In January 2017 I wrote a list of recommended mental health podcasts. Since then additional quality podcasts have been created. Here is my 2018 list of recommended podcasts.
This podcast made the list last year as well. Host John Totten and producer Mason Neely are both therapists and musicians. This creates an educational podcast with quality guests and a professional soundtrack. Topics range from music’s effect on emotional health to personal stories of three men with bipolar disorder. Between Us is currently between seasons, which makes this the perfect time to catch up on past episodes.
Another podcast that I recommended in 2017 is The Hilarious World of Depression. This interview show features Joe Moe, the host, interviewing comedians and other entertainers about their depression. They have frank talks, but, as the name implies, also discuss the more humorous side of depression. This podcast makes the topic of depression more accessible to those who may be uncomfortable with mental health talk.
Selfie is the newest podcast on this list. While it is not specifically about mental health, it focuses on self-care and general psychology topics, such as the Myers-Briggs test. This podcast is lighter than some of the others on this list and shorter than most. Since starting listening to it, this podcast has inspired me to take more time on self-care activities as basic as styling my hair and giving myself a manicure.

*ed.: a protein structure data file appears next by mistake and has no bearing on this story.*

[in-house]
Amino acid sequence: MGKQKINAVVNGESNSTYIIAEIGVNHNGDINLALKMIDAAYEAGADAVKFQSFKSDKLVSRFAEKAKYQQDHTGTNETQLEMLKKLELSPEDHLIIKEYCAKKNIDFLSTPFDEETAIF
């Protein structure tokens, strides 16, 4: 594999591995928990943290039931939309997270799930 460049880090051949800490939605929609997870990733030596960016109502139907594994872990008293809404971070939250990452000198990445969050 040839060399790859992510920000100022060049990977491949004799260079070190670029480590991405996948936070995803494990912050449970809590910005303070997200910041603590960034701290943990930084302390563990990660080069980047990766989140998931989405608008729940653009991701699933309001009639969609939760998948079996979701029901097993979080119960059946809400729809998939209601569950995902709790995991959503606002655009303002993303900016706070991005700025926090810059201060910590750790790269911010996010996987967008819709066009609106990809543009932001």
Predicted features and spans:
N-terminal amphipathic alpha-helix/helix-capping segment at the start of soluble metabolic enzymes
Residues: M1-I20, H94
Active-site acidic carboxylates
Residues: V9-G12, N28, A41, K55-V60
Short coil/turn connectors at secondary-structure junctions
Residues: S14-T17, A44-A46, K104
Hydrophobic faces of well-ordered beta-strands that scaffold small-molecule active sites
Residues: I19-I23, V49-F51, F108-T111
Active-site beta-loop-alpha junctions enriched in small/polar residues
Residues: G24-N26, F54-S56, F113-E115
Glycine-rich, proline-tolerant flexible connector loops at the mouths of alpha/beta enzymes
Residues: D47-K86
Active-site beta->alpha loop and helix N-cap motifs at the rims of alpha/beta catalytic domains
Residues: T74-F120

Beginning in May 2017, this podcast is the second newest on the list. Shrink on the Couch is hosted by David H. Wever, a therapist. Each week, Wever interviews a different professional in the mental health field. He asks each guest to explain how therapy has helped them in their life, and/or why the got into the mental health field. He then asks them about their own practice and discusses their primary therapy model, such as DBT, CBT, Mindfulness, or EMDR.
Terrible, Thanks for Asking is a podcast in which the host, Norma McInerny talks to people who have a difficult story to tell from their life. Each story shows a reason why someone wants to answer that they are doing “terrible, and thanks for asking” when asked “how are you?”. Nora’s father died of cancer mere weeks before her first husband died from a rare form of brain cancer at age 35. This made Nora a fatherless single mom and a widow at age 31. Nora took her pain and turned it into a club of sorts, one where people could answer honestly when asked how they are doing. The resilience her guests show is inspiring, and while this podcast is not specifically about mental health, it is an excellent example of how people live through all sorts of seemingly impossible life events; events that would damage anyone’s mental wellbeing.
Another new podcast, Where Should We Begin is produced by Audible. In this podcast, renowned marriage and family therapist Esther Perel brings the listener into a marriage therapy session. The couple has previously agreed to be recorded for their first and only session with Perel. I have only recently discovered this podcast but find myself eager each time it comes up on my playlist. This podcast is helpful for a listener two-fold. It gives an idea of how a session may go if they were to go to a marriage counseling session. It also educates the listener about skills that are important in a marriage.